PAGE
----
When applied locally, it's like having the most informed Filipinos relying on Wazzup Wazzup for news and information. Just to make sure, should we now start calling Toni Gonzaga the next Korina Sanchez or Mel Tiangco? Or is Vhong Navarro the new Mike Enriquez?
From Media Channel
Americans may have more news outlets today than two decades ago, but they still don’t know much more about current events than they did then, according to a new survey by the Pew Research Center for the People and the Press.
But here’s one big difference: the survey respondents who seemed to know the most about what’s going on — who were able to identify major public figures, for example — were likely to be viewers of fake news programs like Jon Stewart’s “The Daily Show” and “The Colbert Report”; those who knew the least watched network morning news programs, Fox News or local television news.Only 69 percent of of people in the latest survey could come up with Dick Cheney when asked to name the vice president; in 1989, 74 percent could name Dan Quayle. Fewer could name the governor of their state (66 percent now compared with 74 percent in 1989) and fewer could name the president of Russia (36 percent now compared with 47 percent before).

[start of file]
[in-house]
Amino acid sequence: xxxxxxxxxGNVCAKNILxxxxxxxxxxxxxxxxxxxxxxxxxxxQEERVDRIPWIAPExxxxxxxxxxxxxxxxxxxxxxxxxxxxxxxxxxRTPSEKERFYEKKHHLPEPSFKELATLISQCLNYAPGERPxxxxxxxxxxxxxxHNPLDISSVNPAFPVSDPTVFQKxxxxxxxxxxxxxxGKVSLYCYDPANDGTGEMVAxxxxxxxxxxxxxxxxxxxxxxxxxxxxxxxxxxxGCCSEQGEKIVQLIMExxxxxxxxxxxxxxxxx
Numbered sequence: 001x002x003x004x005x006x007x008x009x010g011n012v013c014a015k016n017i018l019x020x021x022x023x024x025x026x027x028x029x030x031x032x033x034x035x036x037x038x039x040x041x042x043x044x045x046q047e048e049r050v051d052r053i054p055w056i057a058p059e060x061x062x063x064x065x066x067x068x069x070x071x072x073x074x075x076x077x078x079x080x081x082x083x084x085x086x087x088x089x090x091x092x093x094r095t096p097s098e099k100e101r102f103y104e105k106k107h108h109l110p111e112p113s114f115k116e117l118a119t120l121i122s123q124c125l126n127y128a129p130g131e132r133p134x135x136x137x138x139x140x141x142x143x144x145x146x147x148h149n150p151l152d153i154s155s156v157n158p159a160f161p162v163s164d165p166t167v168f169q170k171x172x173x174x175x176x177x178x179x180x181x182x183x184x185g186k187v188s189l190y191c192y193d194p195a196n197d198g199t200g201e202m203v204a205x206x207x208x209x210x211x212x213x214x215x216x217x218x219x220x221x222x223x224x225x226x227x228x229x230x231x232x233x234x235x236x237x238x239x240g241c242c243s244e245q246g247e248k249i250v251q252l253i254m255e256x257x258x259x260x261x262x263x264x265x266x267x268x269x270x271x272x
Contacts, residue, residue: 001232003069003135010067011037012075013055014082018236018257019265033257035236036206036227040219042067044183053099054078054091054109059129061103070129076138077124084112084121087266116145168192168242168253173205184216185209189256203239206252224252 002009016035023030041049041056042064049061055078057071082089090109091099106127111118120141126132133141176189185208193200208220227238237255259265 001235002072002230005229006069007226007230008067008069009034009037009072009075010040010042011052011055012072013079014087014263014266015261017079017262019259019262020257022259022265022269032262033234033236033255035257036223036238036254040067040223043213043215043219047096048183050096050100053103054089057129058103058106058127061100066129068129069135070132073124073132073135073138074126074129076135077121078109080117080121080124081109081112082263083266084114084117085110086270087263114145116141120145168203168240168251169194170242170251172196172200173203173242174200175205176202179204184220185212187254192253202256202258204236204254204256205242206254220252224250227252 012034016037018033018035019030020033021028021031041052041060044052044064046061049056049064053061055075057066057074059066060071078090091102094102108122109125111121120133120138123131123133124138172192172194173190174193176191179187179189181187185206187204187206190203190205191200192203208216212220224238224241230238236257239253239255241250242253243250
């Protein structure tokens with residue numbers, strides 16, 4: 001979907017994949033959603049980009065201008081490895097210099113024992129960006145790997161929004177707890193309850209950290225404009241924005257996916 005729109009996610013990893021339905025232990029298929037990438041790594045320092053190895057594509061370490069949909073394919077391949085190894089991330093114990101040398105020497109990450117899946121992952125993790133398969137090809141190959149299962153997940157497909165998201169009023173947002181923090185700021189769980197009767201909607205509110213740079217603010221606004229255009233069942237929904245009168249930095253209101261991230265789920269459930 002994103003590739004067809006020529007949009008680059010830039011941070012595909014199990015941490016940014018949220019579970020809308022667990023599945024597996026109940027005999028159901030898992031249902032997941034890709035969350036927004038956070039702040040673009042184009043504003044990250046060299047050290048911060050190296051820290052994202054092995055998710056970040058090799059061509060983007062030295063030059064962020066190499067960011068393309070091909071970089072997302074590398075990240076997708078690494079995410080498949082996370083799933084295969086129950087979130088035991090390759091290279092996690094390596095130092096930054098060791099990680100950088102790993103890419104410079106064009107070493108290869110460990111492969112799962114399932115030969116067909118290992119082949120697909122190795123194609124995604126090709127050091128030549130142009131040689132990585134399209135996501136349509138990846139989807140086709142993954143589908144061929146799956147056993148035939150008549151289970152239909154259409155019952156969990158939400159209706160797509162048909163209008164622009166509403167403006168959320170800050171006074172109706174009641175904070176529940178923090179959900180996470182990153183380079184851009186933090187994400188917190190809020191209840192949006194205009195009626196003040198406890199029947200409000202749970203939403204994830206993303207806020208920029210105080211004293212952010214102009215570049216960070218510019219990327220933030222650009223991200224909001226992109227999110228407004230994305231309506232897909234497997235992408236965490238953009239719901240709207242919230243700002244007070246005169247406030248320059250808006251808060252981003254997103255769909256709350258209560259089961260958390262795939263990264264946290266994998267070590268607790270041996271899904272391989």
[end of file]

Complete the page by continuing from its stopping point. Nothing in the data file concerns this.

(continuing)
In 1989, fully 81 percent of people knew that the United States had a trade deficit; today, only 68 percent knew.
The survey found that education was the best predictor of who would do well on the questions. “However,” it said, “despite the fact that education levels have risen dramatically over the past 20 years, public knowledge has not increased accordingly.” About 27 percent of Americans are college graduates.
Read more here.